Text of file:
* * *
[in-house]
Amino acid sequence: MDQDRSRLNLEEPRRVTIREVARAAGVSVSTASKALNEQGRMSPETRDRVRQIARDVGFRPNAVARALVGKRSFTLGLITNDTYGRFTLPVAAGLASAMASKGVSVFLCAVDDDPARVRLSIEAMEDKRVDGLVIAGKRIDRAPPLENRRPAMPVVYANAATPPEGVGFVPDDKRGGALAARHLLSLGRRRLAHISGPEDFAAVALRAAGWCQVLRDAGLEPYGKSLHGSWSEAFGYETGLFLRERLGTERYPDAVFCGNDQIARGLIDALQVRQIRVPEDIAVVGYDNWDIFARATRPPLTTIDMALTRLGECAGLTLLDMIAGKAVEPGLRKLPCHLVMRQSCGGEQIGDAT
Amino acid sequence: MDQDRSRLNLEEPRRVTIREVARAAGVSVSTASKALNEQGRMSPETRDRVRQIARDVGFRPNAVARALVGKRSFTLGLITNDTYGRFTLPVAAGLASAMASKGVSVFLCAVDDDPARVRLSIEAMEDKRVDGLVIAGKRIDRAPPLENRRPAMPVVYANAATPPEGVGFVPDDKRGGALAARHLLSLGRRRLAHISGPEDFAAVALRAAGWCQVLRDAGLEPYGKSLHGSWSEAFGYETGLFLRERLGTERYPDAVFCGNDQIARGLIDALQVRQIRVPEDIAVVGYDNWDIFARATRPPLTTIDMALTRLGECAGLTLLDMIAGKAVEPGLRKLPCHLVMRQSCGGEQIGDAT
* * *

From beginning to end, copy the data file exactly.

[in-house]
Amino acid sequence: MDQDRSRLNLEEPRRVTIREVARAAGVSVSTASKALNEQGRMSPETRDRVRQIARDVGFRPNAVARALVGKRSFTLGLITNDTYGRFTLPVAAGLASAMASKGVSVFLCAVDDDPARVRLSIEAMEDKRVDGLVIAGKRIDRAPPLENRRPAMPVVYANAATPPEGVGFVPDDKRGGALAARHLLSLGRRRLAHISGPEDFAAVALRAAGWCQVLRDAGLEPYGKSLHGSWSEAFGYETGLFLRERLGTERYPDAVFCGNDQIARGLIDALQVRQIRVPEDIAVVGYDNWDIFARATRPPLTTIDMALTRLGECAGLTLLDMIAGKAVEPGLRKLPCHLVMRQSCGGEQIGDAT
Amino acid sequence: MDQDRSRLNLEEPRRVTIREVARAAGVSVSTASKALNEQGRMSPETRDRVRQIARDVGFRPNAVARALVGKRSFTLGLITNDTYGRFTLPVAAGLASAMASKGVSVFLCAVDDDPARVRLSIEAMEDKRVDGLVIAGKRIDRAPPLENRRPAMPVVYANAATPPEGVGFVPDDKRGGALAARHLLSLGRRRLAHISGPEDFAAVALRAAGWCQVLRDAGLEPYGKSLHGSWSEAFGYETGLFLRERLGTERYPDAVFCGNDQIARGLIDALQVRQIRVPEDIAVVGYDNWDIFARATRPPLTTIDMALTRLGECAGLTLLDMIAGKAVEPGLRKLPCHLVMRQSCGGEQIGDAT